Fluorescence microscopy method harnesses photobleaching weakness

The technique takes photobleaching and turns it into a strength to improve fluorescence microscopy imaging output by up to 3X, with no additional hardware required.

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Seeking to improve the quality and quantity of information that can be extracted in fluorescence microscopy, researchers at the Australian Research Council (ARC) Centre of Excellence for Nanoscale BioPhotonics (CNBP) developed a technique that takes photobleaching and turns it into a strength that improves imaging output by up to 3X, with no additional hardware required.

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The technique, which they call bleaching-assisted multichannel microscopy (BAMM), will help researchers gain biological insights into the intricate processes taking place within living cells. This includes the interplay between proteins and molecules, which have the potential to impact a wide range of health areas, including fertility, pain, and heart disease.

"When the fluorophore is excited by light from the microscope, it reacts by emitting a specific color signature. Seeing that color signature under the microscope helps us view, track, and understand the cellular target that the fluorophore has been bound to," explains Antony Orth, CNBP Research Fellow at RMIT University and lead author of the research paper. Notably, he says, you can attach different colored fluorophores to different cell targets, all in the one sample, to maximize the data and imaging information that is received.

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Antony Orth, CNBP Research Fellow at RMIT University.

This traditional approach to fluorescence microscopy is versatile, but there is a major limitation: the visible (or color) spectrum, where most fluorophores operate, can get crowded. In an ideal experiment, each target should be chosen to have a distinct color emission, but this becomes increasingly difficult to arrange as the number of targets increases.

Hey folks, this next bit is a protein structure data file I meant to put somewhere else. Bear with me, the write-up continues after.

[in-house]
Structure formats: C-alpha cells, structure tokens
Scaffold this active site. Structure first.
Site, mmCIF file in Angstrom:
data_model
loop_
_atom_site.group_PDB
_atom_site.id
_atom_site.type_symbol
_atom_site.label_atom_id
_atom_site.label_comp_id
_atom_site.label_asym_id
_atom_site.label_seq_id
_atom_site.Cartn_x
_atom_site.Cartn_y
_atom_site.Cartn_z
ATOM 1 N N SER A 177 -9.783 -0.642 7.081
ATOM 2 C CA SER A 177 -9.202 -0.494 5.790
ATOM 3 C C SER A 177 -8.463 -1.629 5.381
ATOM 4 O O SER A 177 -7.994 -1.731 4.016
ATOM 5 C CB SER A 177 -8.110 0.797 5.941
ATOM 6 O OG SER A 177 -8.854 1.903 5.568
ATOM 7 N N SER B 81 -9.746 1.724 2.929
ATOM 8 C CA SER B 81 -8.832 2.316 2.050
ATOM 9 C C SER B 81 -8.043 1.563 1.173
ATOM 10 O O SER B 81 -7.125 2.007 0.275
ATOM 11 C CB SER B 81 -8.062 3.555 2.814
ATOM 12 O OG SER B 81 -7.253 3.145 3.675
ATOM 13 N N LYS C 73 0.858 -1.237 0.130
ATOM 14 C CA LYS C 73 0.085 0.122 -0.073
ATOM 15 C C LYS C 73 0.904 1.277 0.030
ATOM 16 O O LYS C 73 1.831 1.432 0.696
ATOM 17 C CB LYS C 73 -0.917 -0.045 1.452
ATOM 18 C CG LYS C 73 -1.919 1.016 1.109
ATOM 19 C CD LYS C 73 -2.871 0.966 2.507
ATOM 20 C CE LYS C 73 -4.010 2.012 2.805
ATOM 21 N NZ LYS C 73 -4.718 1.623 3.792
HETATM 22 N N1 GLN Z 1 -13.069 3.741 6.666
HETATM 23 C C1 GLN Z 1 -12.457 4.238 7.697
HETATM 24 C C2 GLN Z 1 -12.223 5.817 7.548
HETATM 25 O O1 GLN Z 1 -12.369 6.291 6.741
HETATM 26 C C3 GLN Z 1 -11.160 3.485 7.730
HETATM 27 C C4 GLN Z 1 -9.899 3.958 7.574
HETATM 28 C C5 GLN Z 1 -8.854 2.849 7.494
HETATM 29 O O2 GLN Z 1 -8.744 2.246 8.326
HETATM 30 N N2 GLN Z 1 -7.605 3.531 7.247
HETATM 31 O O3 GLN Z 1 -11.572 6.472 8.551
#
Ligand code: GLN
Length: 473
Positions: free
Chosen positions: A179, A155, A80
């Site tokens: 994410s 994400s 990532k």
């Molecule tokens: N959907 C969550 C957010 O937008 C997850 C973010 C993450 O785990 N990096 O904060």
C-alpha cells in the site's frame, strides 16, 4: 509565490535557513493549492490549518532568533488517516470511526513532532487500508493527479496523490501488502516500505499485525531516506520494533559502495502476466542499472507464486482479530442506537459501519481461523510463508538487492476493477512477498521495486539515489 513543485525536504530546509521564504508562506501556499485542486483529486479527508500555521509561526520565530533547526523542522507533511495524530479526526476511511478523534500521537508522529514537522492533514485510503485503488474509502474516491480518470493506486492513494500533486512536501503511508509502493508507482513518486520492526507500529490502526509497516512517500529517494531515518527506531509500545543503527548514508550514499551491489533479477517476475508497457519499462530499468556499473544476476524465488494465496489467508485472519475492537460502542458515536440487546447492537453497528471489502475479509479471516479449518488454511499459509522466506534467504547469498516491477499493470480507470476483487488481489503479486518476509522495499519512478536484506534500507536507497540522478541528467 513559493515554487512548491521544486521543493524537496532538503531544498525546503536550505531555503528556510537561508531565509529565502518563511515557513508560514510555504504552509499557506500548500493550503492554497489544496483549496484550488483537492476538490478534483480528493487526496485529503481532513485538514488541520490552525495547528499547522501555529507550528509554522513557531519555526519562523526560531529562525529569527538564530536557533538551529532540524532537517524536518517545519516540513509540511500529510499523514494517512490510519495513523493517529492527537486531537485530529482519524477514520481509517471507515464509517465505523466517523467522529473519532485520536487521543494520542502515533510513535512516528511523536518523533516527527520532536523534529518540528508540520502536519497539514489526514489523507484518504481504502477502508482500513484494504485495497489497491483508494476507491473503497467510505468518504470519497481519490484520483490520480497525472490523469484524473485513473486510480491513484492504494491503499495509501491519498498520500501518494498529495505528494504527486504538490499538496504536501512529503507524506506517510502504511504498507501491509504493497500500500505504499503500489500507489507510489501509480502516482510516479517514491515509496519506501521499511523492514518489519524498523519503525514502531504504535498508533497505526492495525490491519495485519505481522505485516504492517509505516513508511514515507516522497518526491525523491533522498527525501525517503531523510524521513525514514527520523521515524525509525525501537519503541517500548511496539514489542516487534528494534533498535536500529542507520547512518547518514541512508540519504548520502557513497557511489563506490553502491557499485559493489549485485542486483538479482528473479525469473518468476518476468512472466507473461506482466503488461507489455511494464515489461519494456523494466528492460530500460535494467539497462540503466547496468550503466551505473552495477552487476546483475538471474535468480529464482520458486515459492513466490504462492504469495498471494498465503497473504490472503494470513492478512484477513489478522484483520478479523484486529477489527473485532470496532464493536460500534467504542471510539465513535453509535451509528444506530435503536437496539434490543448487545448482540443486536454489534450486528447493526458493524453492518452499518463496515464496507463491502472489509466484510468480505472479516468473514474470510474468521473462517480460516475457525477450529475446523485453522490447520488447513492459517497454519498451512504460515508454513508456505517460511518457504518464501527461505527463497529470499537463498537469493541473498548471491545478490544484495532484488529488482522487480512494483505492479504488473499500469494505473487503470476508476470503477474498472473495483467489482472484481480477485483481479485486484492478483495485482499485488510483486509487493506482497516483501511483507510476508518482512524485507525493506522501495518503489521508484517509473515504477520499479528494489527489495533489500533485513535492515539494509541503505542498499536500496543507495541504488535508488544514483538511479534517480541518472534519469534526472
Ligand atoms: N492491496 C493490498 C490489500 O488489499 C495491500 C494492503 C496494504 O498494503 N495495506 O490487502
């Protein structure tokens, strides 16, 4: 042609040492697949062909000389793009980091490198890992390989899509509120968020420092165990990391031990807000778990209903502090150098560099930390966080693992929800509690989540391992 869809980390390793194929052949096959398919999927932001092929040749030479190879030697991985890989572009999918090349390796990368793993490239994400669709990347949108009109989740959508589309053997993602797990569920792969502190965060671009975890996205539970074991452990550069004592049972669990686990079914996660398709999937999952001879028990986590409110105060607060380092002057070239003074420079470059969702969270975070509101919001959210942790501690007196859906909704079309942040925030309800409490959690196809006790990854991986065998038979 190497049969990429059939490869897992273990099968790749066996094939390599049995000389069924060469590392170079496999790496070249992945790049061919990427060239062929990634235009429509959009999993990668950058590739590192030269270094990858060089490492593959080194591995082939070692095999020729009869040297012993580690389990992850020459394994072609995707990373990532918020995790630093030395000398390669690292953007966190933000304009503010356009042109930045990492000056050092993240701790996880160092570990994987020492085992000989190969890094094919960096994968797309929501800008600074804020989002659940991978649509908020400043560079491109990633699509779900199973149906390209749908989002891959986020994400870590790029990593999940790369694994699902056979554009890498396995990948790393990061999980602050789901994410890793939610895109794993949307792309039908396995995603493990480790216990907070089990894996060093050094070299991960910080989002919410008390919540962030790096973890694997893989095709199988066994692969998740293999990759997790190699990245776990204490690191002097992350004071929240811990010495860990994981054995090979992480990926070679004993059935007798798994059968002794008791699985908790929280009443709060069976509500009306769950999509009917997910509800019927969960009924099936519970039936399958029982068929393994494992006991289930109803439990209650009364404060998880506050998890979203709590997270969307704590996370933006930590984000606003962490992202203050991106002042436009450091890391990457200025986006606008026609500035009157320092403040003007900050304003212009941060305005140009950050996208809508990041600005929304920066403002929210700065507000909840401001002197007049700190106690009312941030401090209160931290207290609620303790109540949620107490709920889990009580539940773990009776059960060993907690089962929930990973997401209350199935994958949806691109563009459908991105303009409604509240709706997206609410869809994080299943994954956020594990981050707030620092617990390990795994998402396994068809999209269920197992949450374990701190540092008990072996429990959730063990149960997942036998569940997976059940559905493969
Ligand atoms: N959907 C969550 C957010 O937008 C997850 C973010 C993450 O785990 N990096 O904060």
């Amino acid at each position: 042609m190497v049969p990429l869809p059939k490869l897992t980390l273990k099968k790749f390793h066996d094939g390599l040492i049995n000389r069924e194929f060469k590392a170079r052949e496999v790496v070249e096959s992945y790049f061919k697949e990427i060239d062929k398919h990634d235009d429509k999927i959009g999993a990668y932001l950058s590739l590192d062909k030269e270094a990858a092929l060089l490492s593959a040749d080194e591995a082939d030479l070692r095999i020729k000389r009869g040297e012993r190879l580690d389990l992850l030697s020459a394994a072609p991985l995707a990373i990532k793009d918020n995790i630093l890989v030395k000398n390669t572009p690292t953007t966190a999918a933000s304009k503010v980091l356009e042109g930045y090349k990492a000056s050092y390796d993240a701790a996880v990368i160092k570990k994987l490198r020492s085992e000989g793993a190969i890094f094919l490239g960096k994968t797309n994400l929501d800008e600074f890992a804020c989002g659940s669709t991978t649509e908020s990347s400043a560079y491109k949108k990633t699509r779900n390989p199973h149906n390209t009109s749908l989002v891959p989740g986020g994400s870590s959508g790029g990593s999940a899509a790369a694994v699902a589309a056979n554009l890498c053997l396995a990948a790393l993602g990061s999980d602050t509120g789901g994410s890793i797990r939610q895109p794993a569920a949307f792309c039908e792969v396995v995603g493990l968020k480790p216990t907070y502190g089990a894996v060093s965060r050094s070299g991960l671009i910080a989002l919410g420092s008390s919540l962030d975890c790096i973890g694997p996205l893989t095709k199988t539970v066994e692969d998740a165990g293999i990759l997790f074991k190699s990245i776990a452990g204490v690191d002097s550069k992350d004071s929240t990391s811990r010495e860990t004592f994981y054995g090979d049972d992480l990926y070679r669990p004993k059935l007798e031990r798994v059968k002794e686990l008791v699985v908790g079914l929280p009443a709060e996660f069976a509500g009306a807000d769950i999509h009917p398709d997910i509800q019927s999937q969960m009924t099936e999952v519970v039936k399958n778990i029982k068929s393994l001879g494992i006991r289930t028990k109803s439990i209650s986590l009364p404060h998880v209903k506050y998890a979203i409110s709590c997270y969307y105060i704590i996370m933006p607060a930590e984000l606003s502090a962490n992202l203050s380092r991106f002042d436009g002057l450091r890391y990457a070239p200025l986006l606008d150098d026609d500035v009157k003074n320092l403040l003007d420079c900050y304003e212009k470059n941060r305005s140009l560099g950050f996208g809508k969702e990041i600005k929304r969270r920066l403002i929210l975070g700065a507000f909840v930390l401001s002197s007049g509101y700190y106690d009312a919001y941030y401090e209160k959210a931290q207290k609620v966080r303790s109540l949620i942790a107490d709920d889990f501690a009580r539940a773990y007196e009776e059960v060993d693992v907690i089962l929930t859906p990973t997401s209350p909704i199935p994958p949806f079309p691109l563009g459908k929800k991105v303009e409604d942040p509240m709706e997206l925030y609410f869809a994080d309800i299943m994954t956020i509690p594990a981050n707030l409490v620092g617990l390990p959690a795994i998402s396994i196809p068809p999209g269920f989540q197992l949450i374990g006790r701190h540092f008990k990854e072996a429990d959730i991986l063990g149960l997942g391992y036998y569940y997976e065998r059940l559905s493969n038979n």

"The visible color spectrum spans a range of 400 nm to 700 nm and only about 200 nm of this range is available for fluorescence color emission," Orth explains. "A typical fluorophore emits over a 50 nm range of the color spectrum. Dividing 200 nm of the visible spectrum into 50 nm segments means that the colors of the fluorescent emitters begin to blend together when you attempt to squeeze in more than four colors." This generally limits researchers to four or fewer fluorescent targets in a sample, he says.

To help overcome this limitation, Orth and his team developed BAMM to increase their imaging output. "Instead of using color to differentiate between fluorophores, we use the fourth dimension of time and exploit a phenomenon called photobleaching—the dimming of a collection of fluorophores or pigments under repeated exposure to light," Orth says. "Because each type of fluorophore photobleaches at a different rate, we can differentiate between fluorophores without using any color information. We use the rate of photobleaching as the identifier."

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This figure shows the information-rich cellular images made possible by using the newly reported BAMM technique. The original image (left) shows cells containing multiple fluorescent targets, all having similar colors. This results in a monochrome image. With BAMM, photobleaching rates are color-coded red, green, and blue for visualization so that each fluorescently labeled structure can be identified, even though the fluorophore's native color information was never used.

"When paired with traditional color information, this added dimension of photobleaching enables scientists to use 2-3X more types of fluorescent molecules, all in one sample. This lets us extract far more information from a single investigation," Orth says. "Researchers will be able to design more informative tests—for example, highlighting five targets when only two were previously practical. They will no longer have to avoid using two fluorophores with the same color, since a difference in photostability alone is enough to distinguish between the two targets." Traditionally, the phenomenon of photobleaching (or fading) has been detrimental to the fluorescent microscopy process. This is where high-intensity and ongoing illumination from the microscope permanently destroys a fluorophore’s ability to fluoresce so that imaging of the cell target becomes impossible.

"BAMM doesn't require any additional hardware, it’s comparatively simple to do, and doesn't require any specialized sample preparation," Orth says. "It's an extremely exciting new approach which has the potential to benefit all fluorescence microscopy users and their exploratory science."

Researchers involved with the BAMM project were affiliated with CNBP (RMIT University and the University of Adelaide) and Thermo Fisher Scientific.

Full details of the work appear in the journal Biomedical Optics Express.

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